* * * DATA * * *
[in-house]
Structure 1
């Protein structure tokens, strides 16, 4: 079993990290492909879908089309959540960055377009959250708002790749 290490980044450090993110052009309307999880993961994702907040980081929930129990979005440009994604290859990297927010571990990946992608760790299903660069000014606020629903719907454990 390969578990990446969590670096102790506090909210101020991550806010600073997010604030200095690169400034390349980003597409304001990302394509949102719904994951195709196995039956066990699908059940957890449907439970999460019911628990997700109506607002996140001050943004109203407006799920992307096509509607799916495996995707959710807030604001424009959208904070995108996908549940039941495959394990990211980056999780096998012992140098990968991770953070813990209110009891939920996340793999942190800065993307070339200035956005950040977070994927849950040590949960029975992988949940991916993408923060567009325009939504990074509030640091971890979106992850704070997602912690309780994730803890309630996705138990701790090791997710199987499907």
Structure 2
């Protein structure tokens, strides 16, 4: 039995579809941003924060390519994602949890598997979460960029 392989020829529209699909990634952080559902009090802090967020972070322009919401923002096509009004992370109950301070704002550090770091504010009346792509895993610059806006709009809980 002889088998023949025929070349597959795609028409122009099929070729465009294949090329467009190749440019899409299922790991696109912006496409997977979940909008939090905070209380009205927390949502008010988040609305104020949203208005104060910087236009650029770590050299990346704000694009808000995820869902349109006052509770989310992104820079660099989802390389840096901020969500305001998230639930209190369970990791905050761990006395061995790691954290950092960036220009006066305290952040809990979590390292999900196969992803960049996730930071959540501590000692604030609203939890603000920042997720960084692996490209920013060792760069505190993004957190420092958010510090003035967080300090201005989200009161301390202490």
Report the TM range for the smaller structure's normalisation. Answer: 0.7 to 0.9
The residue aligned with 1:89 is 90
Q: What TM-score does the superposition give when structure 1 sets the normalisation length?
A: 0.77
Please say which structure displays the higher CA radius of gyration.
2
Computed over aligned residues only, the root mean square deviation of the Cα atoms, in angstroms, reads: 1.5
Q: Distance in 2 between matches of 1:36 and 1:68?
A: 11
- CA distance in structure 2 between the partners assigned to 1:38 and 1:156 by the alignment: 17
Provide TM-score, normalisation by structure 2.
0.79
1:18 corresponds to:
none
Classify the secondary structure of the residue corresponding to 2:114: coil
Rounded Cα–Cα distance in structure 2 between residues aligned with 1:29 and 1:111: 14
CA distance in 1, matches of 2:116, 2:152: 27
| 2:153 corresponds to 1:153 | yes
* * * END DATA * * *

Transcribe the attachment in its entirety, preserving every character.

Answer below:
[in-house]
Structure 1
């Protein structure tokens, strides 16, 4: 079993990290492909879908089309959540960055377009959250708002790749 290490980044450090993110052009309307999880993961994702907040980081929930129990979005440009994604290859990297927010571990990946992608760790299903660069000014606020629903719907454990 390969578990990446969590670096102790506090909210101020991550806010600073997010604030200095690169400034390349980003597409304001990302394509949102719904994951195709196995039956066990699908059940957890449907439970999460019911628990997700109506607002996140001050943004109203407006799920992307096509509607799916495996995707959710807030604001424009959208904070995108996908549940039941495959394990990211980056999780096998012992140098990968991770953070813990209110009891939920996340793999942190800065993307070339200035956005950040977070994927849950040590949960029975992988949940991916993408923060567009325009939504990074509030640091971890979106992850704070997602912690309780994730803890309630996705138990701790090791997710199987499907």
Structure 2
């Protein structure tokens, strides 16, 4: 039995579809941003924060390519994602949890598997979460960029 392989020829529209699909990634952080559902009090802090967020972070322009919401923002096509009004992370109950301070704002550090770091504010009346792509895993610059806006709009809980 002889088998023949025929070349597959795609028409122009099929070729465009294949090329467009190749440019899409299922790991696109912006496409997977979940909008939090905070209380009205927390949502008010988040609305104020949203208005104060910087236009650029770590050299990346704000694009808000995820869902349109006052509770989310992104820079660099989802390389840096901020969500305001998230639930209190369970990791905050761990006395061995790691954290950092960036220009006066305290952040809990979590390292999900196969992803960049996730930071959540501590000692604030609203939890603000920042997720960084692996490209920013060792760069505190993004957190420092958010510090003035967080300090201005989200009161301390202490």
Report the TM range for the smaller structure's normalisation. Answer: 0.7 to 0.9
The residue aligned with 1:89 is 90
Q: What TM-score does the superposition give when structure 1 sets the normalisation length?
A: 0.77
Please say which structure displays the higher CA radius of gyration.
2
Computed over aligned residues only, the root mean square deviation of the Cα atoms, in angstroms, reads: 1.5
Q: Distance in 2 between matches of 1:36 and 1:68?
A: 11
- CA distance in structure 2 between the partners assigned to 1:38 and 1:156 by the alignment: 17
Provide TM-score, normalisation by structure 2.
0.79
1:18 corresponds to:
none
Classify the secondary structure of the residue corresponding to 2:114: coil
Rounded Cα–Cα distance in structure 2 between residues aligned with 1:29 and 1:111: 14
CA distance in 1, matches of 2:116, 2:152: 27
| 2:153 corresponds to 1:153 | yes